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For the last few months, in the Sunday morning service, we have been studying the principles of spiritual growth that are outlined in II Peter chapter 1. Peter, under the inspiration of the Holy Spirit, lists them this way:
"And beside this, giving all diligence, add to your faith virtue, and to virtue knowledge, and to knowledge temperance, and to temperance patience, and to patience godliness, and to godliness brotherly kindness, and to brotherly kindness love." These then become the character traits by which our spiritual maturity can be measured.
Having studied these principles, I must ask each of us this question: How spiritually mature are we really? Please understand that maturity does not come with age; we all know of people who we would classify either physically or emotionally as "immature." The same is true in the spiritual realm. Unfortunately, there are many believers who were born again a number of years ago, but never bothered to mature. This is a terrible tragedy, for not only is that person not functioning for Christ at the level at which they could, but this condition of spiritual immaturity is completely self-inflicted. When a sinner comes to Jesus Christ in repentance for sin and accepts the shed blood of Christ as the sacrifice for his sins, the Bible says that he becomes a "new creature." He is a child of God, and able to begin to "grow in grace and knowledge of our Lord Jesus Christ." To fail to do so is not only a violation of God's command, but also a sad waste of a Christian life.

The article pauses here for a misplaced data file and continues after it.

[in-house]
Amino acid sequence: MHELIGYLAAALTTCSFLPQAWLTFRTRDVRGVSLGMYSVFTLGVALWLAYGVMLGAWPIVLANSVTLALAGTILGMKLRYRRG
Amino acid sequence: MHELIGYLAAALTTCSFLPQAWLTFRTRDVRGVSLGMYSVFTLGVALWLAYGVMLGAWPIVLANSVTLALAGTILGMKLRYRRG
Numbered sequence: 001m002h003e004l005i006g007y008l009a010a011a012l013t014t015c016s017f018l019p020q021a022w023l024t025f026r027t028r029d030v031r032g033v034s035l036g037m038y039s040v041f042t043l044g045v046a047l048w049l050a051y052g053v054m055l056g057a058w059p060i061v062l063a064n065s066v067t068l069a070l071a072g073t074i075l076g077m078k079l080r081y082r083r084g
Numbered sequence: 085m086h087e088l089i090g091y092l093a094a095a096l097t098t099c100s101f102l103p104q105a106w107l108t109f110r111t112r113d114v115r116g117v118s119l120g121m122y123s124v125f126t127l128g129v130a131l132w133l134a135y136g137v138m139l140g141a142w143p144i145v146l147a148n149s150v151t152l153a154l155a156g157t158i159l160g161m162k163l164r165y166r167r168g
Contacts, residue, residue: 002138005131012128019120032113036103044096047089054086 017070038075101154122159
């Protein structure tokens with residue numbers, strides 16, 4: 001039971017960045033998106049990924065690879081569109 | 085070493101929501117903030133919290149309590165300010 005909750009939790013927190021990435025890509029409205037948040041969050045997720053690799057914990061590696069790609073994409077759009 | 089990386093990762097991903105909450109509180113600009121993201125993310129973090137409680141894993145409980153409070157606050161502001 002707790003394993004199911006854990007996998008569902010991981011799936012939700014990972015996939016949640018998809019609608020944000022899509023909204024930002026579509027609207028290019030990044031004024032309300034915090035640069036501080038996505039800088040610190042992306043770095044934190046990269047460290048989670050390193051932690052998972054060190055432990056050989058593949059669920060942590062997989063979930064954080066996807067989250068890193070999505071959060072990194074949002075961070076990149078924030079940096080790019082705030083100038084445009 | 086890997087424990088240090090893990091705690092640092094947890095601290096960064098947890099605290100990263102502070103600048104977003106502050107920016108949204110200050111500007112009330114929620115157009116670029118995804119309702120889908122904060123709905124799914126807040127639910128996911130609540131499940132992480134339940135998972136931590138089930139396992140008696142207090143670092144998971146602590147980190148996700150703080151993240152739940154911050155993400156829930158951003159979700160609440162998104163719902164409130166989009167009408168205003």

So then, how are we coming in our maturity? Ask yourself these questions: Since I've been saved, have I been, developing moral excellence? Is my activity an example of what God would have a Christian to be? Do I know God, and am I continuing to learn more about Him through careful study and meditation upon His word? Am I allowing the Holy Spirit to control me, or does my flesh dictate my actions. Am I patient and constant in my trials because I can see the hand of God working in me? Do my actions reflect a Biblical attitude of worship and reverence to God? Is my relationship to my brothers and sisters in Christ correct? Do I really show Biblical love to Christians and non-Christians alike?
How were our answers? Perhaps these few moments of reflection show us that we are not progressing as God would have us to. Let's determine together as a church that we will work together not just to evangelize our community, but to achieve the level of discipleship and maturity that our Lord desires of us. Let's begin today.